Nolen v. Schlesinger

No. 73-3782 | 5th Cir. | Apr 15, 1974

AINSWORTH, Circuit Judge:

Nolen sought review in the district court of the Army Board for Correction of Military Record’s denial of his application for correction of his military medical records to reflect that he had and was treated for hypertension during his period of service. The lower court granted summary judgment for the Government. We reverse and remand.

The record reveals that there are genuine issues as to material facts ; therefore, it was error to grant defendant’s motion for summary judgment. See Fed.R.Civ.P. Rule 56(c). On remand, the lower court should consider all of the evidence as it bears on the merits of Nolen’s claim. Particularly, the court should examine the evidence which Nolen sought to present to this court in the motion he styled “Motion to be Heard on Oral Argument,” filed March 18, 1974.1

*788The lower court’s holding that the “only evidence which the court may consider is that evidence which was before the Board for consideration,” citing Sanford v. United States, 9 Cir., 1968, 399 F.2d 693" court="9th Cir." date_filed="1968-09-23" href="" opinion_id="281404">399 F.2d 693, is erroneous. In the Sanford case, the court affirmed the district court’s refusal to receive evidence supporting other alleged disabilities which had not been claimed before the Board. [Emphasis added.] It is firmly established that in cases of this type, where the agency is not required to hold a formal hearing, de novo evidence may be presented to the court. See especially Brown v. United States, 1968, 396 F.2d 989" court="Ct. Cl." date_filed="1968-06-14" href="" opinion_id="280745">396 F.2d 989, 184 Ct.Cl. 501; see also Sierra Club v. Hardin, D.C.Alaska, 325 F. Supp. 99" court="D. Alaska" date_filed="1971-05-21" href="" opinion_id="2594223">325 F.Supp. 99, 114 (1971); Schlegel v. United States, 1969, 416 F.2d 1372" court="Ct. Cl." date_filed="1969-10-17" href="" opinion_id="286838">416 F.2d 1372, 1375, 189 Ct.Cl. 30, cert. denied, 397 U.S. 1039" court="SCOTUS" date_filed="1970-04-20" href="" opinion_id="8970802">397 U.S. 1039, 90 S.Ct. 1359, 25 L.Ed.2d 650; Beckham v. United States, 1967, 375 F.2d 782" court="Ct. Cl." date_filed="1967-04-14" href="" opinion_id="275466">375 F.2d 782, 785, 179 Ct.Cl. 539, cert. dismissed, 389 U.S. 1011" court="SCOTUS" date_filed="1967-12-18" href="" opinion_id="8961245">389 U.S. 1011, 88 S.Ct. 583, 19 L.Ed.2d 613; New Hampshire Fire Insurance Co. v. Murray, 7 Cir., 1939, 105 F.2d 212" court="7th Cir." date_filed="1939-06-13" href="" opinion_id="1543381">105 F.2d 212, 217.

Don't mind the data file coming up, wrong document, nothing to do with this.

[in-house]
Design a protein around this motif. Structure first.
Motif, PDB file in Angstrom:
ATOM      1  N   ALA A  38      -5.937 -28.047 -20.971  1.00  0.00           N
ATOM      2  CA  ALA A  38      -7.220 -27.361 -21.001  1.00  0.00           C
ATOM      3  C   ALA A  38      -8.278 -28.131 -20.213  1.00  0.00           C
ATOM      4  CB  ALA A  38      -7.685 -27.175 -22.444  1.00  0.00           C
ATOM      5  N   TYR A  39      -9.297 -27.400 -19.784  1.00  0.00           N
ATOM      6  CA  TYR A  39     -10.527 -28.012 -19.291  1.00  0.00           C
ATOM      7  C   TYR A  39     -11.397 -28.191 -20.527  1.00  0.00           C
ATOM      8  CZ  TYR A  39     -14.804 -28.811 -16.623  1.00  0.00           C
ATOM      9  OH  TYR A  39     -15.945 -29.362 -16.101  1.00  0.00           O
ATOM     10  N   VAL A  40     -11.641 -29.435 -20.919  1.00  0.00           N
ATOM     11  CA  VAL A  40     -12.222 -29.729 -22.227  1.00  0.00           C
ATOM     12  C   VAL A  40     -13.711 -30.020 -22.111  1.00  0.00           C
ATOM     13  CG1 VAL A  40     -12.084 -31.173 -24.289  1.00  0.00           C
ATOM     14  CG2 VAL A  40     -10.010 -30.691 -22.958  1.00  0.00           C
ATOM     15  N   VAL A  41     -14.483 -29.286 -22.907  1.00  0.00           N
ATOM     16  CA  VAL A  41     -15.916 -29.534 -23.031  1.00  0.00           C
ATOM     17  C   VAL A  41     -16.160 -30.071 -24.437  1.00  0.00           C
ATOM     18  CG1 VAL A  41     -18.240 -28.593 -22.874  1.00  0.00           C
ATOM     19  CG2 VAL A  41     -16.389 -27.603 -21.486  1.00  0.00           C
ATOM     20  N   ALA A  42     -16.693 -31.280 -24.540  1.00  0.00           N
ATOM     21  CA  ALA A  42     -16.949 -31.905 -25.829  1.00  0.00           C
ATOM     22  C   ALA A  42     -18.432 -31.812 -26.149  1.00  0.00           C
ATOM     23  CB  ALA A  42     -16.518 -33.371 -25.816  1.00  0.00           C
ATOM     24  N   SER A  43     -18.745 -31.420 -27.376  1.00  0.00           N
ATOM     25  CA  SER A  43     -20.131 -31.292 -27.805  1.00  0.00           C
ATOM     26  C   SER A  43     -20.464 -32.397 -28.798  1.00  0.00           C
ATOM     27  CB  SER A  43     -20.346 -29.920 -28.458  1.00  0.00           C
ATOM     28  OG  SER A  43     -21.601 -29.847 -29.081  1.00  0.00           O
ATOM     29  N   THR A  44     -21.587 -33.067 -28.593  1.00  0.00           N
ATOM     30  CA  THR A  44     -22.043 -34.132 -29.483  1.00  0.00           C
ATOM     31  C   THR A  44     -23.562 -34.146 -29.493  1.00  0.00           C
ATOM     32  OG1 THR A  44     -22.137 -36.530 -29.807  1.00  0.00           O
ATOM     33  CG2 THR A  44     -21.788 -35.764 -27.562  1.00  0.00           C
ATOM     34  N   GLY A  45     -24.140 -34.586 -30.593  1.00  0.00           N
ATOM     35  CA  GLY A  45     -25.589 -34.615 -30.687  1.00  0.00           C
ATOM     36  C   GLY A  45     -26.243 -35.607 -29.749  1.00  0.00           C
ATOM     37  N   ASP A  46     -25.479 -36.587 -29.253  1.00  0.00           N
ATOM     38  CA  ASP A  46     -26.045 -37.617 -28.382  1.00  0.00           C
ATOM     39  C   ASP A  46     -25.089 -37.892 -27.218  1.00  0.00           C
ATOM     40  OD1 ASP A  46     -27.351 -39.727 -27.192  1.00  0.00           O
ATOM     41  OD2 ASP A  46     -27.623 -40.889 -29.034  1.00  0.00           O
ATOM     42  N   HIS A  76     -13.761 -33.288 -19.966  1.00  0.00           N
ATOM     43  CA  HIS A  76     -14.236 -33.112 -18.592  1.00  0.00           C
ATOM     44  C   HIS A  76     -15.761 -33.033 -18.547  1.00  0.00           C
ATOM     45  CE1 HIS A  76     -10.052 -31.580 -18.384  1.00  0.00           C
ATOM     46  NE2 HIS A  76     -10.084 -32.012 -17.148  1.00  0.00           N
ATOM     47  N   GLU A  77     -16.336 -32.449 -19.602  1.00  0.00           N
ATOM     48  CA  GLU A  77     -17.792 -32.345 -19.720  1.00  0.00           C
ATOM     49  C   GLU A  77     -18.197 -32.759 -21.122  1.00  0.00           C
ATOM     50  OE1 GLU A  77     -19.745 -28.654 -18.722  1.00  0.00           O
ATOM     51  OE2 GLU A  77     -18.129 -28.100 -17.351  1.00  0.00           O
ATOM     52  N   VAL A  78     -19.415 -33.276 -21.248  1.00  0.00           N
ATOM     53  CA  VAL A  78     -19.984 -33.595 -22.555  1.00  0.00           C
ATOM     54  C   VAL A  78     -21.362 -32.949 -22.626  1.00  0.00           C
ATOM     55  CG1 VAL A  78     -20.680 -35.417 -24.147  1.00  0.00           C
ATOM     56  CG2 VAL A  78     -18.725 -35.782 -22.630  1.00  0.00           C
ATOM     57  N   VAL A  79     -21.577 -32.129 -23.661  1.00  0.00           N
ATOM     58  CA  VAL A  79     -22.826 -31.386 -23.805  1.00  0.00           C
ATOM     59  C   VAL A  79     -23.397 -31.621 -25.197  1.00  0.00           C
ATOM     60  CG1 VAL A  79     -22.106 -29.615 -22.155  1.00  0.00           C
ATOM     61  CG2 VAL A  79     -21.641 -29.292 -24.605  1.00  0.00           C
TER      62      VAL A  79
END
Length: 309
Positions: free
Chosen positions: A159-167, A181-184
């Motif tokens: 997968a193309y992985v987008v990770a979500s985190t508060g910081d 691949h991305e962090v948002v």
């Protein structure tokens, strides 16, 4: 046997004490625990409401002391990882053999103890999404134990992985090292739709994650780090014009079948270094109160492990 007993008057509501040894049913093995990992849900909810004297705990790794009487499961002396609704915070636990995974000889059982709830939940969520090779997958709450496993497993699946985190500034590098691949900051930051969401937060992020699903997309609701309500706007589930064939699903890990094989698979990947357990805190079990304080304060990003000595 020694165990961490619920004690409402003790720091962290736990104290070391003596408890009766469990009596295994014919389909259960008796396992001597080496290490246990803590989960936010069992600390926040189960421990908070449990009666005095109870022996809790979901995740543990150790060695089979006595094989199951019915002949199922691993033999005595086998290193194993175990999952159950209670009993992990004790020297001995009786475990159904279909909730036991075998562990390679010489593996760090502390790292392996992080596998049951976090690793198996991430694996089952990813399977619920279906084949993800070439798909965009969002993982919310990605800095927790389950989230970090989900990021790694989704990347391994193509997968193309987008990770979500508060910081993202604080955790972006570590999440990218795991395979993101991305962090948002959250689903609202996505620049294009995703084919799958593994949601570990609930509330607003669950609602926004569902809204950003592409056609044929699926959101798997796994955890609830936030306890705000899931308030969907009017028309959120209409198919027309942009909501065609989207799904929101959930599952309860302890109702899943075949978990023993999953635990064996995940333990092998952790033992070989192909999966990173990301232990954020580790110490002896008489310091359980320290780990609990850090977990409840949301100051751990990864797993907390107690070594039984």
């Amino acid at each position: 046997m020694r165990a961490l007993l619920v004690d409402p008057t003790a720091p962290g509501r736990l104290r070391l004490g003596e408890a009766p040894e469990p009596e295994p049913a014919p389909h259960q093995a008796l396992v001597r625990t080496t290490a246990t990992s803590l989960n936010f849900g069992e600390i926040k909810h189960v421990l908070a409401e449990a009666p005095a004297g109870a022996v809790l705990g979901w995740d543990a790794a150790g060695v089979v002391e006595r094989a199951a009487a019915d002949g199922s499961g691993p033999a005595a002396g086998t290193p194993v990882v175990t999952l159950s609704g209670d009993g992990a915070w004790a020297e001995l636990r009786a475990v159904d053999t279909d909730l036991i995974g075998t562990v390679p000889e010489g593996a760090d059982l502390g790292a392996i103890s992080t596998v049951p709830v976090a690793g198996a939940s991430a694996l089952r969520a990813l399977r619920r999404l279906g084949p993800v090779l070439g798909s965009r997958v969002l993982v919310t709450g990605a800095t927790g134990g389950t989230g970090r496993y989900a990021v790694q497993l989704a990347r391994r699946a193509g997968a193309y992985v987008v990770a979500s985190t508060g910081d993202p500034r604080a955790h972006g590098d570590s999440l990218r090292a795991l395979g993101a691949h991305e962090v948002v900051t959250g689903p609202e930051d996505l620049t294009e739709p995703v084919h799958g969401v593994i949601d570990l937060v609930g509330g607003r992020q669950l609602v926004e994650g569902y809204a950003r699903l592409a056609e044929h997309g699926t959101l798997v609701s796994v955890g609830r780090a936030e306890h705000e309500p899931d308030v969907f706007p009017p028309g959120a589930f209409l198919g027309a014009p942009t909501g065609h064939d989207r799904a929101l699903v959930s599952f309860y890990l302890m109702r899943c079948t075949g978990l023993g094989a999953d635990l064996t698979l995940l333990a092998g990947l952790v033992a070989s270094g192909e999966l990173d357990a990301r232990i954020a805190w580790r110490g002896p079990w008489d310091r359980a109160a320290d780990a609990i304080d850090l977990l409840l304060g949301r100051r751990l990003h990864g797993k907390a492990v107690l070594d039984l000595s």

The lower court’s observation that Davis v. Secretary of the Army, 5 Cir., 1971, 440 F.2d 817" court="5th Cir." date_filed="1971-03-29" href="" opinion_id="295833">440 F.2d 817, may apply to Nolen’s case is also erroneous. In Davis, the petitioner gave the court “no reason for th[e] unwarranted delay” of 17 years from the date he was informed of his undesirable discharge from the Army until his challenge to the validity of it. Significantly, Nolen’s application for correction of his record, dated August 30, 1971, alleges that the date of discovery of the error was 1970, when his private physician gave him a photocopy of the military records to take to the Veterans Administration hospital prior to testing and surgery. It is apparent that since learning of the error, Nolen has not delayed in seeking to have his records corrected.

The district court is to provide the full hearing necessary to determine the merits of Nolen’s claim.

Reversed and remanded.

. The motion reads :

Nolen has now received from the ABCMR the evidence that Nolen swore was the truth in affidavits before the ABOMR, and the ABCMR swore they did not have before them at the first hearing before the ABCMR, in their brief before the Middle District Court at Macon, Ga., and the Judge gave the ABCMR Summary Judgement [sic] on this testimony, Nolen now should be allowed *788to be able to present this evidence to this court.
It is in the record on appeal showing where Nolen asked for this evidence, and Nolen was refused it. The ABCMR had it and they now have given it to Nolen. Nolen received this evidence in January and February of 1974 from the ABCMR.
The problem in this case has been that the evidence has been concealed and covered up from Nolen as it now proves. Nolen should be allowed to have all the evidence examined and as the Government so says, “Only the evidence before the lower Courts should be allowed.” This evidence was before the ABCMR and they withheld it from the District Court and claimed it was not before them. Now the ABCMR claims it was before them, and in fact, has furnished Nolen with the records Nolen has been after since 1968, which has been withheld and covered up. This is why there should have been a new trial and discovery allowed.